‘Vote No and get more Tory governments we didn’t vote for’ and, of course, more Tory policies we absolutely reject. Or, presented the other way around, a Yes means no more Tory governments or policies the vast majority of us have rejected, ever.
However you phrase it, this simple truth is one of the biggest mill-stones around the neck of the No campaign and it probably explains some of the recent reduction in No support, with the average of monthly polls showing that the gap between Yes and No has halved since November. It is very difficult to argue with any credibility that anything involving a Tory government at Westminster could be described as the 'best of both worlds' and, yet, that is what Labour spokespeople are having to do on a daily basis. I am, therefore, looking forward to the No campaign's reported shift to a more 'positive' gear, expounding all the benefits of us having David Cameron (and his undoubted Tory successors) as our Prime Minister.
The potential for this 'United with the Tories' effect to reach crisis proportions for the No campaign increases as the polls narrow in the UK. Of course, last weekend saw a host of such polls with two showing Mr Cameron now only one-point behind Mr Miliband. This has been repeated today with YouGov, for the Sun, also now showing a one-point gap. And, if Mr Cameron edges into a lead, this will weigh very heavily on the minds of many Labour-inclined undecided or 'soft No' voters.
Like those Labour inclined voters, another Tory government at Westminster is the last thing I want. However, there is a big problem for people in Scotland: the Westminster system the No campaign is fighting tooth and nail to defend means we can vote against the Tories as much as we want, but that doesn't guarantee we won't get a Tory government. The decision is out of our hands because Scotland makes up just over 8% of the UK population. Since 1945, we've had only two elections – in 1964 and the first of 1974 - where the largest party at Westminster would have been different if Scotland had been independent. Those two UK governments sat for just 26 months, just half of one parliamentary term.
And, of course, in order to beat the Tories, Labour's Westminster high command too often feels as though it has to ape the Tories.
Last weekend, at Scottish Labour conference, we saw the party that Scottish Labour wants to be (and it had some strong and attractive elements) and, yet, this week in the welfare cap vote in the House of Commons we saw the party Westminster Labour has to be in order to win votes in the south. The contrast was not a pretty one, and the dark acts coming so swiftly after the shining rhetoric, was particularly jarring. A Yes would free Scottish Labour from this crisis of identity, freeing it to be the party it wants to be (and that would be good for Labour and Scotland).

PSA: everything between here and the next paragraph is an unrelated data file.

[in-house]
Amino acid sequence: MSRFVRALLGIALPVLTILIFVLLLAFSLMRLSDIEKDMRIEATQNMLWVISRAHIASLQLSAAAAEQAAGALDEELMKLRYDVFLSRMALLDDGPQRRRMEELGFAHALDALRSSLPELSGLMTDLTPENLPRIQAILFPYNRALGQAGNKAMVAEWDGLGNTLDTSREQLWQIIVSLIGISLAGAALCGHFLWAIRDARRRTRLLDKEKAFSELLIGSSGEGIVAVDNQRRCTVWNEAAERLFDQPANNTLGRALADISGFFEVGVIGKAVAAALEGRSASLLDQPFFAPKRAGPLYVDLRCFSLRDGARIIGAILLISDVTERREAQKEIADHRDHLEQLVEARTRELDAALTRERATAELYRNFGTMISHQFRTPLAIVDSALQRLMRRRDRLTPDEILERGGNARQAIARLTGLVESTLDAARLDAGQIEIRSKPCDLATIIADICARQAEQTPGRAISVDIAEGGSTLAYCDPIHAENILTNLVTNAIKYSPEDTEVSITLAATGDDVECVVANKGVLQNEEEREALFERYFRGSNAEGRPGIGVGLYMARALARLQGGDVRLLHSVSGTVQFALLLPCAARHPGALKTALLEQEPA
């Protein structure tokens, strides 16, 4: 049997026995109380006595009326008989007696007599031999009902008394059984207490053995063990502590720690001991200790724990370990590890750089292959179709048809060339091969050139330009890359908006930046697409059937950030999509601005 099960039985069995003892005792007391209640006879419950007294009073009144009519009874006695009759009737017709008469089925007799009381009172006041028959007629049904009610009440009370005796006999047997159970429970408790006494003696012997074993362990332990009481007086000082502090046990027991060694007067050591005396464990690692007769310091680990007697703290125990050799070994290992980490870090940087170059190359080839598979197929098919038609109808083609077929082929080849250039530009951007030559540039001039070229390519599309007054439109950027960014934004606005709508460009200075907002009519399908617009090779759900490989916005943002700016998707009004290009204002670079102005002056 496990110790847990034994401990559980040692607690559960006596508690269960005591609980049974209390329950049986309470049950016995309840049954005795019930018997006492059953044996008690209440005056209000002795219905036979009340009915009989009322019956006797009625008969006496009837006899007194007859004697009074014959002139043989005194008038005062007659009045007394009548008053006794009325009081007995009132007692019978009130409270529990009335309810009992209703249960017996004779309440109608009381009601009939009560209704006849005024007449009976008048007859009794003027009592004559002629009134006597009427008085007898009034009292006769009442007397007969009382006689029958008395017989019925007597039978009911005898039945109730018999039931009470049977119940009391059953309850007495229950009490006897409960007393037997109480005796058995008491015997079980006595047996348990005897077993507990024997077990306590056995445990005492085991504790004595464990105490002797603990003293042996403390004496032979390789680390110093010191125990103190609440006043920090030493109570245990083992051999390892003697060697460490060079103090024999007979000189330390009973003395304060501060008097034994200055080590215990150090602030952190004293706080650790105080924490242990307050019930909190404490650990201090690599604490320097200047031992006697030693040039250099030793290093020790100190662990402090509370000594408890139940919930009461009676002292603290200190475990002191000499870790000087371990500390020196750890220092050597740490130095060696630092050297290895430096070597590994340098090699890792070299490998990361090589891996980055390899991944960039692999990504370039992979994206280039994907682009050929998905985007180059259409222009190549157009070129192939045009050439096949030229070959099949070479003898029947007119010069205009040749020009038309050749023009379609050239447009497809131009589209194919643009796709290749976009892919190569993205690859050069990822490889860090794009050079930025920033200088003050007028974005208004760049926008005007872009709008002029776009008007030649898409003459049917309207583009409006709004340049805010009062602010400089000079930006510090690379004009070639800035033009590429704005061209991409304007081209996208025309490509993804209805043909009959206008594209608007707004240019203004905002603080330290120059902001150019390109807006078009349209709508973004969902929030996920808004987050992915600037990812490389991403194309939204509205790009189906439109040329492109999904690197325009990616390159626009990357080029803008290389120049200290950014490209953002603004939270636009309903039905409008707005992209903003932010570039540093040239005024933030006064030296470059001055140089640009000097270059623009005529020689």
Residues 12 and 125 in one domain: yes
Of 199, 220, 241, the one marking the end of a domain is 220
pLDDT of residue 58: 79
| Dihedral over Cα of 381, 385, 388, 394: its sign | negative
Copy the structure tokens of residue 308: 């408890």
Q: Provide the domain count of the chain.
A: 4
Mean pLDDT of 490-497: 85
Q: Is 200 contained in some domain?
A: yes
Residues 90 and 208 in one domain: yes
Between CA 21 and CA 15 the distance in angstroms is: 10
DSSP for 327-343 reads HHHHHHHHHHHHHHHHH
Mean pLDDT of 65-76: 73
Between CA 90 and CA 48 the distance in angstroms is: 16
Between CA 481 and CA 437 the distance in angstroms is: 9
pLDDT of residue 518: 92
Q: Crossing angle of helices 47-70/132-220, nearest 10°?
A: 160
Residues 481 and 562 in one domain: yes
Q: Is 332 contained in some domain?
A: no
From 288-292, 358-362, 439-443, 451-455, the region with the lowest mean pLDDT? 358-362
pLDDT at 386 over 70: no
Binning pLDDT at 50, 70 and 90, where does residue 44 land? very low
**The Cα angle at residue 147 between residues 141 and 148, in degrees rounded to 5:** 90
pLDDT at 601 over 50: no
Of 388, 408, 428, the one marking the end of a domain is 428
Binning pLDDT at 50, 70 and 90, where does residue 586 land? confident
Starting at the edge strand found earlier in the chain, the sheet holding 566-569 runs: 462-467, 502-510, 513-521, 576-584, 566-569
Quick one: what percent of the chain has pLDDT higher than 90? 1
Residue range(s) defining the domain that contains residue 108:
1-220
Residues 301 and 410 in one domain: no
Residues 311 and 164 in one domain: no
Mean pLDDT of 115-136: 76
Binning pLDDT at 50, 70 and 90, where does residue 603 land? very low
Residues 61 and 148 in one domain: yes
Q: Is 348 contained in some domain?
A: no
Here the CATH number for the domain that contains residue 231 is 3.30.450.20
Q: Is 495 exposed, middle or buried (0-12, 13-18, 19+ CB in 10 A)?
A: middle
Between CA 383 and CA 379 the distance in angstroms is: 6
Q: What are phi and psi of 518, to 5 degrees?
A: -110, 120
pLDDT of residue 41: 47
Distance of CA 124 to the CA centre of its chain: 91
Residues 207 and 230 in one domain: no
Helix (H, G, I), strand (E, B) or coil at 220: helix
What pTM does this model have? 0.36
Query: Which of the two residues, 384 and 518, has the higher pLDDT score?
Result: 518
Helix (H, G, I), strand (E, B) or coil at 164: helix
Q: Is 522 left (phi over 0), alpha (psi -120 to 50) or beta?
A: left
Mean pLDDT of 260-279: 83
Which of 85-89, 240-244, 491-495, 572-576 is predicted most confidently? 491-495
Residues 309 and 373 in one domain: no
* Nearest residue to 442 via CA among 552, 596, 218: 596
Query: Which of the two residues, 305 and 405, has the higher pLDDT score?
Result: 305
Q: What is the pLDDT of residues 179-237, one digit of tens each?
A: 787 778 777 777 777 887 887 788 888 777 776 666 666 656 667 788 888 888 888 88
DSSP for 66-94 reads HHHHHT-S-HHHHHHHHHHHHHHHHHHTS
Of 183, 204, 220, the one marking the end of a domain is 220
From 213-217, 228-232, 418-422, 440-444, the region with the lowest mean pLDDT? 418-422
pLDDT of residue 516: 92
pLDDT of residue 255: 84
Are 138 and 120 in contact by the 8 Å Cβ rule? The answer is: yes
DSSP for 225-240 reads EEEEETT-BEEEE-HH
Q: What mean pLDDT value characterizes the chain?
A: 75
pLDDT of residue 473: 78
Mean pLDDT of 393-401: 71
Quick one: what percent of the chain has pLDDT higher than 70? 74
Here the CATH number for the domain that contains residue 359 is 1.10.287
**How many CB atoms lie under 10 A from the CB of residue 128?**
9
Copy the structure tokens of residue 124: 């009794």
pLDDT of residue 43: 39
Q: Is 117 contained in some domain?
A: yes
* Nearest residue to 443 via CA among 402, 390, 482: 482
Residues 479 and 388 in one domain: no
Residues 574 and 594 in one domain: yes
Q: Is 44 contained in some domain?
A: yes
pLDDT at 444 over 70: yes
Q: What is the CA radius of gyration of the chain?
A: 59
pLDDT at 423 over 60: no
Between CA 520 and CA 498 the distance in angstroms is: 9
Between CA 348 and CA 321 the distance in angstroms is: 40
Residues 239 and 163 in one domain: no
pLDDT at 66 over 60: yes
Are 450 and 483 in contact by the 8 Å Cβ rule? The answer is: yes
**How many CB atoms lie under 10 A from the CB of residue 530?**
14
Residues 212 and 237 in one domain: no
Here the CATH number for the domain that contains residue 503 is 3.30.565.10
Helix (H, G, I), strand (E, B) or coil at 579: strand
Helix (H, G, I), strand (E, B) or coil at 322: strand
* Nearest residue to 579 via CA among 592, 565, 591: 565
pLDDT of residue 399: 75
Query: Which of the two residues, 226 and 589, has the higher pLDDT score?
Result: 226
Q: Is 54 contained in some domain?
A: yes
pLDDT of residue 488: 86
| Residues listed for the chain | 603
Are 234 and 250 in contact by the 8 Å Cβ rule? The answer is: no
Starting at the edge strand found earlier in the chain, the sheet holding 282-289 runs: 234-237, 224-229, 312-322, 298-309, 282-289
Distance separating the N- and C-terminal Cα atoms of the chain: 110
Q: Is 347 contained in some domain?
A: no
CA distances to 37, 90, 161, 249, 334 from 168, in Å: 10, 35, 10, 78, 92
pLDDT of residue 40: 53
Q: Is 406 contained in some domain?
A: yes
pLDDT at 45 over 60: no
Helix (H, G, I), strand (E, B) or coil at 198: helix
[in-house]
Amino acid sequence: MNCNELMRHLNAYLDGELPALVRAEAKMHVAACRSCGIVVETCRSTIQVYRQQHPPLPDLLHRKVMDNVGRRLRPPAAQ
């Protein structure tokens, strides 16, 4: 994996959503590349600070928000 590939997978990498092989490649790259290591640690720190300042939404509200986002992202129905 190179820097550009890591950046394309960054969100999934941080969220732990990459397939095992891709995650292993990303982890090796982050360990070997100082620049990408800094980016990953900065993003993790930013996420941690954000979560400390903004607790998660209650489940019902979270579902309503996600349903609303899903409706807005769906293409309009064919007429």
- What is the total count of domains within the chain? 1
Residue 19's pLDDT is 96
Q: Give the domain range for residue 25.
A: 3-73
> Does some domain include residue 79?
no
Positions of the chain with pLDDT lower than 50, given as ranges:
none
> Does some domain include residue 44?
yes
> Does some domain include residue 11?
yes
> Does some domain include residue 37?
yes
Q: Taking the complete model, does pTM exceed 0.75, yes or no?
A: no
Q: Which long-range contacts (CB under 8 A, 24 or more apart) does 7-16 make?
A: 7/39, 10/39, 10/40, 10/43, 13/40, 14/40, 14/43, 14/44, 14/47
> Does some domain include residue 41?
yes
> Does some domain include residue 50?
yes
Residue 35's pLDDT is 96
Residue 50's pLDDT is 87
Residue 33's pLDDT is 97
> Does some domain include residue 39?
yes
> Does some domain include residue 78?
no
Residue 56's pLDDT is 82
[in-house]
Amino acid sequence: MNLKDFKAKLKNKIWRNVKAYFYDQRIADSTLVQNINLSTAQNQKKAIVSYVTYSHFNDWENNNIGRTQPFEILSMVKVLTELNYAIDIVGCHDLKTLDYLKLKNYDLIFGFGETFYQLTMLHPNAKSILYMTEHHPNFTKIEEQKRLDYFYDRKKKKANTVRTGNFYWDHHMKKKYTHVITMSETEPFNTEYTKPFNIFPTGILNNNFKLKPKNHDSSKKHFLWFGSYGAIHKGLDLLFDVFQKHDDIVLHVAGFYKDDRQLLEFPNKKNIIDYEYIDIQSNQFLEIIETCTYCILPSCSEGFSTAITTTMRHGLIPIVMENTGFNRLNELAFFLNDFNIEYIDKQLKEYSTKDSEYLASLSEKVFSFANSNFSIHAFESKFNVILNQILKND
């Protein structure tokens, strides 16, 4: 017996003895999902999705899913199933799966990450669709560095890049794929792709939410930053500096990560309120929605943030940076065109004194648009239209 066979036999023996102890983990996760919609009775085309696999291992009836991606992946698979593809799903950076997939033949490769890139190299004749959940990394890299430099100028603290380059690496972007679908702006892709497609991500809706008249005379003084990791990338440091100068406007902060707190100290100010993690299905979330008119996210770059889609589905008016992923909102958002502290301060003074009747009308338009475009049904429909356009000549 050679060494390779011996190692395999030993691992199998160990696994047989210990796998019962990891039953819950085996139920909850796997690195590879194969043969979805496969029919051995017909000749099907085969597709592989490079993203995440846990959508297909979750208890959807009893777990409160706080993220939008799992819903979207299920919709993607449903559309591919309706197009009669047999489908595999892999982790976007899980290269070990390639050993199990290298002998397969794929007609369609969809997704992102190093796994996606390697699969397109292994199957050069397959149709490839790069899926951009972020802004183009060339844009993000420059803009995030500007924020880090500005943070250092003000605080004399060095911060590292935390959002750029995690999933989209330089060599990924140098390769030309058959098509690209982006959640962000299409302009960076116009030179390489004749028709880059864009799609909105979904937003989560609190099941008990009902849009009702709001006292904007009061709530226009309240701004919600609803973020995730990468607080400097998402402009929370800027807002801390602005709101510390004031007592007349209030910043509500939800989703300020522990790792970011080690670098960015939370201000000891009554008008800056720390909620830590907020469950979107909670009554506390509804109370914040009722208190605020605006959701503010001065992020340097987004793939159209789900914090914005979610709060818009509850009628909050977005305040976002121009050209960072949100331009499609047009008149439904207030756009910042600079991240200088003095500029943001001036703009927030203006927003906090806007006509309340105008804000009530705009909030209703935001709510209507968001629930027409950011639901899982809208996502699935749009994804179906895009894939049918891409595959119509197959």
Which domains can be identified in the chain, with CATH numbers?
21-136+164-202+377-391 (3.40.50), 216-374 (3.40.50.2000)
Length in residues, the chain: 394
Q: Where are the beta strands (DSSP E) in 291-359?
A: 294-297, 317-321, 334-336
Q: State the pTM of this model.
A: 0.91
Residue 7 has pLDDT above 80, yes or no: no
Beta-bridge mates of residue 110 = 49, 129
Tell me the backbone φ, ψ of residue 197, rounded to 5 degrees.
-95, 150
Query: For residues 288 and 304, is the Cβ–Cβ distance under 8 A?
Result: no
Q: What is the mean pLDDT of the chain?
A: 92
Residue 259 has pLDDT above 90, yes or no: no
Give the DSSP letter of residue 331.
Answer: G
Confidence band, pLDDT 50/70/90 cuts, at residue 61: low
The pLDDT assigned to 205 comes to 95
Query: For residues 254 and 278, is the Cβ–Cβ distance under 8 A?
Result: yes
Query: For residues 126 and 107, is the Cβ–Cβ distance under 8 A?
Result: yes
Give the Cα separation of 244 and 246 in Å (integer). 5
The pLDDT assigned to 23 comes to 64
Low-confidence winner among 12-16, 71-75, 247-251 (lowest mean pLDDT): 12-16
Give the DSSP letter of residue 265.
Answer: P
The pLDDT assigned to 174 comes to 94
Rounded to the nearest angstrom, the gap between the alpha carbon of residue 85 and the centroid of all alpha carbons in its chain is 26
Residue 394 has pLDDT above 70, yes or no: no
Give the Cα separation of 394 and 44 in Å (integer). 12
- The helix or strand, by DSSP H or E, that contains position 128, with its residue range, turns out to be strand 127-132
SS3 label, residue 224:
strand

But there is another, related problem for the No campaign and it is one the Tories are increasingly keen to talk about. Alongside some of his bizarre claims reported in the Sunday Herald last weekend, including that independence would mean reviving a medieval Scotland, was a revealing comment from Cabinet Minister, Kenneth Clarke. According to the paper, “Clarke also predicted a No vote would be vital for Tory momentum, helping the Conservatives win more seats in Scotland at the 2015 General Election."
This fits with previous comments by the Conservative’s new Scottish chairman, Richard Keen, with his confident claim in the Times in February
(19th) that a No vote will lead to the
revival of the Scottish Conservatives!
Completing this horrifying hat-trick was another Tory Cabinet Minister, Michael Gove, who last year told us in very clear terms that a No vote will be a Tory victory, as reported on STV.
As I’ve written before, it is likely that the biggest political beneficiaries of a No vote, across the UK, would be the Conservatives,
after all, on that scenario, Mr Cameron would be able to enter the 2015
UK election as the 'man who saved Britain'. If there is a No victory,
don't expect a starring role for Johann Lamont or Ed Miliband in the
celebrations: they will have served their purpose and it will be Mr
Cameron taking the credit. After a No vote, if the key marginals in the
south swing back to the Tories there is absolutely nothing we in
Scotland can do to stop it, which is why a Yes is so important. It is only with a Yes that Scotland's future remains in Scotland's hands.
If 'vote No and get more Tories' is bad for the No campaign, I can't help considering how much more damaging is the idea 'vote No and help the Tories'.